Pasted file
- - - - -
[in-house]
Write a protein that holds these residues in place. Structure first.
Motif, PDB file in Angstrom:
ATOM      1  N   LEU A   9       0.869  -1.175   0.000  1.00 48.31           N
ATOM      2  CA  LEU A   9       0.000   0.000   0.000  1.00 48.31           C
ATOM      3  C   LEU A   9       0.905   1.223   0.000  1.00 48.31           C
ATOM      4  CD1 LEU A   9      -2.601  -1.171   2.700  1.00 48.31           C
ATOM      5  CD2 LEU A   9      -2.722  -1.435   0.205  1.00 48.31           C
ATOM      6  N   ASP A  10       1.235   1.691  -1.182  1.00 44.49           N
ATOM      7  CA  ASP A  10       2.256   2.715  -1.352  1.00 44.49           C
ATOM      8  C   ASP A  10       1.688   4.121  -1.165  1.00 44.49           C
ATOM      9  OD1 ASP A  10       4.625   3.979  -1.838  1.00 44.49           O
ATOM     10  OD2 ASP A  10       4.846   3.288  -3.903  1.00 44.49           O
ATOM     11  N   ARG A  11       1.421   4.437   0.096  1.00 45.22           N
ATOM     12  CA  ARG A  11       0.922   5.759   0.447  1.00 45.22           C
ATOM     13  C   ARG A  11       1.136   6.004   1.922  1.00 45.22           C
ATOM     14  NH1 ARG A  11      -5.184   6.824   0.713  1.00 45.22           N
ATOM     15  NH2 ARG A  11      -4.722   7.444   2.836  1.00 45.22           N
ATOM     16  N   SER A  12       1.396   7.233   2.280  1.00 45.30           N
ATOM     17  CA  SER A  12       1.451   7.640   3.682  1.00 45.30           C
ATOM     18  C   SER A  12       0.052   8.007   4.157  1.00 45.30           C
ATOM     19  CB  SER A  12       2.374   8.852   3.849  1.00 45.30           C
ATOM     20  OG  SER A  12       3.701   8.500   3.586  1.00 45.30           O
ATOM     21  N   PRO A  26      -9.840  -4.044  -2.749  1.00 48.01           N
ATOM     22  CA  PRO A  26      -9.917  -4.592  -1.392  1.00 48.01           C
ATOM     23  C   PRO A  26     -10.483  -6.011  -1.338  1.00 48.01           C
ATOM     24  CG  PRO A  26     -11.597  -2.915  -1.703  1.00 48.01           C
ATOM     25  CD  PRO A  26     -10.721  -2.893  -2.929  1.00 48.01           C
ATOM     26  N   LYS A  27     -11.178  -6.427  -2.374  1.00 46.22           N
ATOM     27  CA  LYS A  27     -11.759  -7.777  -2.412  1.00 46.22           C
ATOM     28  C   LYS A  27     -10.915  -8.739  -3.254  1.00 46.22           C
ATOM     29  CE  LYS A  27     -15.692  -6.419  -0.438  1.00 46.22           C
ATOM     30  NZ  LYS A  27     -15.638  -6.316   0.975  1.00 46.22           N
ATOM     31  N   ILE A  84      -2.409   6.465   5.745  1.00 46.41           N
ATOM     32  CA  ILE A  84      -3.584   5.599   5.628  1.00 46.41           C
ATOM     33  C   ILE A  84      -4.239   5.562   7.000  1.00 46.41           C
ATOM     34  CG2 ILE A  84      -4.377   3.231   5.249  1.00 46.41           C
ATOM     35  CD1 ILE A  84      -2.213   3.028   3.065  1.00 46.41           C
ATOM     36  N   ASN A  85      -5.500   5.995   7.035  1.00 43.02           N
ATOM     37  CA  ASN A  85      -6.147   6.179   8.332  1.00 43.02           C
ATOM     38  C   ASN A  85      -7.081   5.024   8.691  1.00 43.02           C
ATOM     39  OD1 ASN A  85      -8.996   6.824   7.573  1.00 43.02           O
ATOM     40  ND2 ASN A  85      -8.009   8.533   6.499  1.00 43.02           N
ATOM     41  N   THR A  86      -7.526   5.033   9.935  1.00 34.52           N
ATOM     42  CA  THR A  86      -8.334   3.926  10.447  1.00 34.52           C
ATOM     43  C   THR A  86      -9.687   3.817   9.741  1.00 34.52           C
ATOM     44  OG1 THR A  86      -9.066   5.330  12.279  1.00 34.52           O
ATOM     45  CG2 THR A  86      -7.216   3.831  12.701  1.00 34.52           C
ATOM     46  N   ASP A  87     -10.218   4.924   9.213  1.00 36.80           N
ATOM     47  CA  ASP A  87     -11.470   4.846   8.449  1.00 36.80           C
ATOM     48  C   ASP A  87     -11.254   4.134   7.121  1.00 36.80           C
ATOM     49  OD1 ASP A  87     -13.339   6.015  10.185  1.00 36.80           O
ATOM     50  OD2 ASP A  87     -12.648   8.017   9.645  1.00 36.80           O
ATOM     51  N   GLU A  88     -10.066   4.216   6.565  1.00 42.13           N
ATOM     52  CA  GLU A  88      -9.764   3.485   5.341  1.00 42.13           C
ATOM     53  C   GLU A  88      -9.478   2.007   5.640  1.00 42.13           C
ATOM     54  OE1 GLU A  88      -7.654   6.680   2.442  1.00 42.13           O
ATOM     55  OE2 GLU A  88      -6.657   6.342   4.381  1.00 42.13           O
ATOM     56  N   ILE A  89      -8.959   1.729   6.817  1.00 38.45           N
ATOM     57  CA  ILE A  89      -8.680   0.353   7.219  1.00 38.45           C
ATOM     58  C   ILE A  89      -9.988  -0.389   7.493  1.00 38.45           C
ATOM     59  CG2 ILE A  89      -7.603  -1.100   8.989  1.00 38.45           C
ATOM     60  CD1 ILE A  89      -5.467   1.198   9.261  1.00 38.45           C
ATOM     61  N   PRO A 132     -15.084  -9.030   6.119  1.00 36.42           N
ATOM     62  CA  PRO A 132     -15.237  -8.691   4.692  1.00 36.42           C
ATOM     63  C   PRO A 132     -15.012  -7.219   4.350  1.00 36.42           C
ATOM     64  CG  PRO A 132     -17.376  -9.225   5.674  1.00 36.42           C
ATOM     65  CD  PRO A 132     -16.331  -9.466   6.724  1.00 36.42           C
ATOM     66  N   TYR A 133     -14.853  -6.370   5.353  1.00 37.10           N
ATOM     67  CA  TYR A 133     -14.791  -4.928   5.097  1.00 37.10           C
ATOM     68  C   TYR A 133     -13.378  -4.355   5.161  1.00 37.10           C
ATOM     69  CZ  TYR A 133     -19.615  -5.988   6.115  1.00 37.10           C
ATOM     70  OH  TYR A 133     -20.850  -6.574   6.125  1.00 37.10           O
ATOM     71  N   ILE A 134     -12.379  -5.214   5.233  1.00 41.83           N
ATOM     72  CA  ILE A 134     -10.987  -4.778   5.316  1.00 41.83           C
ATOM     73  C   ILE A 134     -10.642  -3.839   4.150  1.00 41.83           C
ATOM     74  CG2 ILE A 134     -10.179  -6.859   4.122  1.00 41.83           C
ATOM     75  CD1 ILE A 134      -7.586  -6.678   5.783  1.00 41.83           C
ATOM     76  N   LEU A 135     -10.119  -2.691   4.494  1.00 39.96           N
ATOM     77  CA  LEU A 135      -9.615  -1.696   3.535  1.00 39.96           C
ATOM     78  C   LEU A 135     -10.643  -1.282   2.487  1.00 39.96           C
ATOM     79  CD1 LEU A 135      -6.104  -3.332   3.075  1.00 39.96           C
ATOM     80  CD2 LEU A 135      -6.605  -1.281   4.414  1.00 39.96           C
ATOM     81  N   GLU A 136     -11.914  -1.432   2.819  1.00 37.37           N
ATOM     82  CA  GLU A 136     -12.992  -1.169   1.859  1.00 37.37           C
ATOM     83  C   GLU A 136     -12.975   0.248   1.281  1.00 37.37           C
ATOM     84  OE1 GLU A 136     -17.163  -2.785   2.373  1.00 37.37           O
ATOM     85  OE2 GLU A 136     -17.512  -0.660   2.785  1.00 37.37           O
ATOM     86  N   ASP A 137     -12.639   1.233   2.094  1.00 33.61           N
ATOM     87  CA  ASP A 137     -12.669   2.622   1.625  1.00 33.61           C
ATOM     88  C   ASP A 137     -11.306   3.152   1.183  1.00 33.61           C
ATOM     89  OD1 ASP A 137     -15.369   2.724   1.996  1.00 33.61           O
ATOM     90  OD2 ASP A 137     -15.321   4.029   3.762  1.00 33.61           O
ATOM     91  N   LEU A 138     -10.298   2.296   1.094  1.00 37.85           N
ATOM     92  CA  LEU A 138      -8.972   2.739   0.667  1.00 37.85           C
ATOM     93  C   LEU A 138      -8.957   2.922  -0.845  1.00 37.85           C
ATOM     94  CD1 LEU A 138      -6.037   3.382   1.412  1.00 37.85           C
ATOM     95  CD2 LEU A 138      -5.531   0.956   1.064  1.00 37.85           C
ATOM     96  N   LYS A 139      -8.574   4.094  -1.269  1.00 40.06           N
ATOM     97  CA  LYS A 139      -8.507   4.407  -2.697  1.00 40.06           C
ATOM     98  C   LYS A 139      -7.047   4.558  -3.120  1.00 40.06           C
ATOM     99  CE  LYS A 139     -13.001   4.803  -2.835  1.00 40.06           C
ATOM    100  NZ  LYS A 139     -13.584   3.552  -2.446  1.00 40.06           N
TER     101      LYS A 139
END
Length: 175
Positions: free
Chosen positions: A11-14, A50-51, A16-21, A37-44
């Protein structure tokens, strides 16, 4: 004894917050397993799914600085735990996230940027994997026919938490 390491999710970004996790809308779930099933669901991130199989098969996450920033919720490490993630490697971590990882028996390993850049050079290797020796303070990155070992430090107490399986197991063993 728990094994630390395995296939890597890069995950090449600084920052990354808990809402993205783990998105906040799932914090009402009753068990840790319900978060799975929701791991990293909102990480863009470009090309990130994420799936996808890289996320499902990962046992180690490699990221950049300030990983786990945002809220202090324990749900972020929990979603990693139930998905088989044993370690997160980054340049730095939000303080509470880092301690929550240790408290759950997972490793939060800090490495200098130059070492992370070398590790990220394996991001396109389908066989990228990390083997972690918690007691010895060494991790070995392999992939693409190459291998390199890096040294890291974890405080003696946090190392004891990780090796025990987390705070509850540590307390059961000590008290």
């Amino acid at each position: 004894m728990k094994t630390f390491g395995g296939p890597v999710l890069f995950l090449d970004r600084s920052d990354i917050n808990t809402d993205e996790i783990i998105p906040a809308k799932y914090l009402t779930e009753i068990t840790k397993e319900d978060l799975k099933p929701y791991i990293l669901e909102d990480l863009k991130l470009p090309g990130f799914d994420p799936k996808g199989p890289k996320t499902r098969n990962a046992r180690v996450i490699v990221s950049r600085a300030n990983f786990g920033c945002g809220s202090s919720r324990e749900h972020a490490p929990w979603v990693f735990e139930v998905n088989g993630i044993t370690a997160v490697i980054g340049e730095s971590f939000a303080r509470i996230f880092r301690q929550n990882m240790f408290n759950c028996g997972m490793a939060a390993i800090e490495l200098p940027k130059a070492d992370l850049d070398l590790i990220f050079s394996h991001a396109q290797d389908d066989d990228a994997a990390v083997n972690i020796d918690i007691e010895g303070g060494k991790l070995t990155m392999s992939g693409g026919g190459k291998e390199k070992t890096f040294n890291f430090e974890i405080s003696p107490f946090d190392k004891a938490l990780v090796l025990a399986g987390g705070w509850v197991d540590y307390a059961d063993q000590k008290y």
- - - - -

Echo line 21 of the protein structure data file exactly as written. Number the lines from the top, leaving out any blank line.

ATOM     18  C   SER A  12       0.052   8.007   4.157  1.00 45.30           C